Library filed under Energy Policy
Infrastructure minister Monte McNaughton said: "Well-connected energy insiders made fortunes putting up wind farms and solar panels that gouge hydro consumers in order to generate electricity that Ontario doesn’t need. "Today, we are proud to say that the party with taxpayers’ money is over."
Xcel is employing creative accounting to make the CEP look affordable, which is why it didn’t pass the smell test with my most business- and energy-savvy colleagues in 2017. Flaws in the company’s analysis became apparent during CEP hearings, thanks to diligent watchdog work by third parties and ratepayer advocates. But the plan won approval despite those dubious underpinnings and the doubts of some PUC members.
When you remove tax subsidies for wind and solar, and the planned phase-out of natural gas, and then must rely on battery storage for energy, the system becomes totally uneconomical. This doesn't even include what could be a $1 billion-plus cost for separation and purchase of the electrical system from Xcel.
Most states are enjoying flat or declining electricity rates thanks to shale fracking, which has sent natural gas prices plummeting. But not California, where rates have jumped 25% since 2013. Electricity prices in the Golden State are by far the highest in the continental western U.S. and twice as high as in Washington state. The reason: California requires that 50% of power be generated from renewables such as solar and wind by 2030.
“And if California doesn't lead the inevitable transition, others will. California's wind and solar generation are growing faster than our inefficiently managed electric grid can put them to use. We're literally throwing away pollution-free electricity during certain periods, and the problem will only get worse.”
Without subsidies and the ongoing presence of backup power based on fossil-fuel generation, the outlook for more renewable energy in Australia is extremely uncertain. Indeed, without the intervention of governments, the salad days for renewable energy will quickly fade, something the sector understands. That’s why the energy policy debate is so important to them — and to all of us.
The state Assembly voted 43-32 in favor of the legislation Tuesday. It would eliminate the reliance on fossil fuels to power homes, businesses and factories in the world’s fifth-largest economy, accelerating a shift already under way. The state currently gets about 44 percent of its power from renewables and hydropower.
A clean energy initiative submitted enough valid signatures to make it onto the ballot in November, according to the Arizona Secretary of State's office.
The DEP can no longer help enforce its own regulations because of its involvement in wind turbine contracts. The Project Regulatory Agreement does not take into consideration public health and safety it has become immoral with despicable inhuman conduct bordering on criminal. We know today the DEP has been aware residents have been living in a toxic environment around the wind turbines.
Tell me anywhere in the world where a higher penetration of renewable energy has been associated with lower electricity prices.
MidAmerican still gets 30 percent of its electricity from coal ..."The 100 percent renewable energy vision is a bit of a gimmick," said Josh Mandelbaum, an Environmental Law & Policy Center senior attorney, "It's pretty misleading if MidAmerican is giving customers the impression that's all they have to do."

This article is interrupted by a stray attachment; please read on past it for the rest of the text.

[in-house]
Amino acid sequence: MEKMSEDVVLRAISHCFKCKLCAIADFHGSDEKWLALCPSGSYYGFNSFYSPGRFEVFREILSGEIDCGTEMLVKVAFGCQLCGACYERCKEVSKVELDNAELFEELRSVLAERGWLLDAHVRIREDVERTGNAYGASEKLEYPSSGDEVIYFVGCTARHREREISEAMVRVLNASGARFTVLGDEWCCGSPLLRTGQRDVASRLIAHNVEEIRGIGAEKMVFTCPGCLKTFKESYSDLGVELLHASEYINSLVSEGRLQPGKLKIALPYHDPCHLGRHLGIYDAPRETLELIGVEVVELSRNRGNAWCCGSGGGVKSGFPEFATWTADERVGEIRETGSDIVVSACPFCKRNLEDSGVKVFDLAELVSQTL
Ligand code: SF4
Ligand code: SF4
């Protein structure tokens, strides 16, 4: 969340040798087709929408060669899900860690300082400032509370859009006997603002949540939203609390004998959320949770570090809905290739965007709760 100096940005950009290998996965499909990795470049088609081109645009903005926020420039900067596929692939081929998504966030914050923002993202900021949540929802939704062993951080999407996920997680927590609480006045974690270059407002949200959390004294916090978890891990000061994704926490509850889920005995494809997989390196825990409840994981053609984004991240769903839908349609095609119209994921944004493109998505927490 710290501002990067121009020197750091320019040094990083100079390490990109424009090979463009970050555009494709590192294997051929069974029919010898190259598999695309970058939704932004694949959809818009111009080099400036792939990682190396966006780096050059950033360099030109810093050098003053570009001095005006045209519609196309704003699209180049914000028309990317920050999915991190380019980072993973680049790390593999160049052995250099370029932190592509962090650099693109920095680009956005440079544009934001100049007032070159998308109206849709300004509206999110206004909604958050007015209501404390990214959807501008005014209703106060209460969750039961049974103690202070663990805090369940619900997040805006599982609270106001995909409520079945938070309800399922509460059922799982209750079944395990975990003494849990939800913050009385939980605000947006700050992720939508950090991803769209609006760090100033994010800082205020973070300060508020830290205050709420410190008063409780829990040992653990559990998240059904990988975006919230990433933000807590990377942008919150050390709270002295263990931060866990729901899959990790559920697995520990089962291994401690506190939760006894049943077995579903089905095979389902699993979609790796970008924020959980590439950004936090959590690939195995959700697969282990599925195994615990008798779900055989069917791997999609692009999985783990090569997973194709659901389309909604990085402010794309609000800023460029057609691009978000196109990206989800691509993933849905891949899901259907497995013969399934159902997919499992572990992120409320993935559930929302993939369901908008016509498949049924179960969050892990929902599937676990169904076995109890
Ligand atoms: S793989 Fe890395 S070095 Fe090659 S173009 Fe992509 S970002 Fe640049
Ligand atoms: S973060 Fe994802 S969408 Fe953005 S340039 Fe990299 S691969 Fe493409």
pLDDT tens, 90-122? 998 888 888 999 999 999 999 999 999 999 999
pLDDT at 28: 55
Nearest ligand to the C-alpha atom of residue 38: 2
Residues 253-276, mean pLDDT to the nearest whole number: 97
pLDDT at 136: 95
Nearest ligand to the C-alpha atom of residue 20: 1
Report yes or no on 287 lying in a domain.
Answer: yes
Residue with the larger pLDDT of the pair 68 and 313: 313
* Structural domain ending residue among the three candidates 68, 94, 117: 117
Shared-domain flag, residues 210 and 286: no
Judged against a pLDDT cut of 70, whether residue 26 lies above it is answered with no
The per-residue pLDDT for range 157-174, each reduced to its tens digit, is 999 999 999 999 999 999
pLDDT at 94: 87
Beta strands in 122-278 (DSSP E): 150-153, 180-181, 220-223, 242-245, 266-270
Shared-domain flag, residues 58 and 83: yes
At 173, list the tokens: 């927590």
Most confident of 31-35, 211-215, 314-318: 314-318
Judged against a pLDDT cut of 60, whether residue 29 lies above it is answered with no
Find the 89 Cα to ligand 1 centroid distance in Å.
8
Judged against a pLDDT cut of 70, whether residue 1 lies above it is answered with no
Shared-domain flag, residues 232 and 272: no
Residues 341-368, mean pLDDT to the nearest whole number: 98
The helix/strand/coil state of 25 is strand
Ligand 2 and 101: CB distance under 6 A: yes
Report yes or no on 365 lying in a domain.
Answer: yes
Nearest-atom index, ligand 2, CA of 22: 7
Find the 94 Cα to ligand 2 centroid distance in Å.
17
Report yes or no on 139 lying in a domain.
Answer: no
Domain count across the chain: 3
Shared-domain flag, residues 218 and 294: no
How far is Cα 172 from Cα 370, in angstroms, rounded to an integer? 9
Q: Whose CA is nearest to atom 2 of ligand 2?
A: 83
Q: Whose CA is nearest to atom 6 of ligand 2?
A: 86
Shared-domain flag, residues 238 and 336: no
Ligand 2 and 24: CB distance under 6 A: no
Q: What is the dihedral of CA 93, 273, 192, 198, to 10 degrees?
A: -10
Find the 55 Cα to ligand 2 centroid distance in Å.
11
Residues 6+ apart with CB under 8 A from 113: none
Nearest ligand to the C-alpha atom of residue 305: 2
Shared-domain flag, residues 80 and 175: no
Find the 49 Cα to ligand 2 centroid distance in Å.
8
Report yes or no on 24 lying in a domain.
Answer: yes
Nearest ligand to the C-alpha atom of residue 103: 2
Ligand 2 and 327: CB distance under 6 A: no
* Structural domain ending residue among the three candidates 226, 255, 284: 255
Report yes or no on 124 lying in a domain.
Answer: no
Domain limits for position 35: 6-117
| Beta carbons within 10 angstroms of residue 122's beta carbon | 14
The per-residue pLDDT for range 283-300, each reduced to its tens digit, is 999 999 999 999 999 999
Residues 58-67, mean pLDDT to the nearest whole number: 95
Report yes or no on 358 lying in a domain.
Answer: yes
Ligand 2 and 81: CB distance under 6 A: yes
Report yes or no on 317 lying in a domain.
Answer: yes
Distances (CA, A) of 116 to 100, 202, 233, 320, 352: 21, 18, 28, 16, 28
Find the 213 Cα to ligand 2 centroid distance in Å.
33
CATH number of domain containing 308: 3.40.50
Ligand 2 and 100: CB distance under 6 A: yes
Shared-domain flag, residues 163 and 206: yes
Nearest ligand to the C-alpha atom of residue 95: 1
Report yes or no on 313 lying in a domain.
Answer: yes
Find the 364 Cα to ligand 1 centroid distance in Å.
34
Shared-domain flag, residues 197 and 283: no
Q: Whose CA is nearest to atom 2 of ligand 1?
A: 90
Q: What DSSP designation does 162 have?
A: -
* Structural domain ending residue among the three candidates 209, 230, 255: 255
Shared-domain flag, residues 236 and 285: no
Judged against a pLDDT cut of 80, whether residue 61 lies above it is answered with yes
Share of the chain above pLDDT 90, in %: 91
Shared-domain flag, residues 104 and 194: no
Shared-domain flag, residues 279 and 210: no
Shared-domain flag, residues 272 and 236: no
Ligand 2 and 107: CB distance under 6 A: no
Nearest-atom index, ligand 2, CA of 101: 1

With wind and solar farms sprouting up in more areas -- and their power getting priority to feed into the grid in many places -- the amount of electricity being generated is outstripping demand during certain hours of the day. The result: power prices are slipping to zero or even below more often in more jurisdictions.
For New Jersey, the order by FERC could unravel long-standing legislative initiatives to promote cleaner sources of energy like solar power, as well as the state’s proposed subsidies to keep nuclear power a part of its energy mix by having ratepayers subsidize plants it deems uneconomic.
New Jersey is moving forward with a plan to install enough offshore wind turbines to power 1.5 million homes by 2030. How do gusts 20 miles off the coast turn into the electricity that lights up your home when you flip a switch?
If we needed any reminder why Texas outpaces Louisiana in so many ways, witness how the Lone Star State last week mooted a bad decision by the Louisiana Public Service Commission made in part by northwest Louisiana’s Foster Campbell.
BOSTON - Just like two years ago, the Legislature is poised to consider a substantial piece of clean energy legislation on the final day of formal sessions.
The idea of repealing the fossil fuel ban on federal buildings, known as Section 433, has prompted heavy lobbying on both sides in the past. The ban was imposed by the 2007 energy bill and would phase out fossil power in new and renovated buildings incrementally, with a 100 percent reduction by 2030.
Cuomo’s plan, which is adamantly opposed by commercial fishing groups, will require covering hundreds of square miles of some of the most heavily fished and navigated waters on the Eastern Seaboard with hundreds of wind turbines. The potential environmental damage to offshore fisheries is obvious. So, too, is the likely cost to ratepayers. In January, the New York State Energy Research and Development Authority estimated that building the first 800 megawatts of offshore wind will cost about $4.3 billion, or about $5.4 million per megawatt.
UNITED STATES: More than 30GW of new wind capacity could be installed over the next three years as developers take advantage of the production tax credit (PTC) before it is phased out, according to new analysis.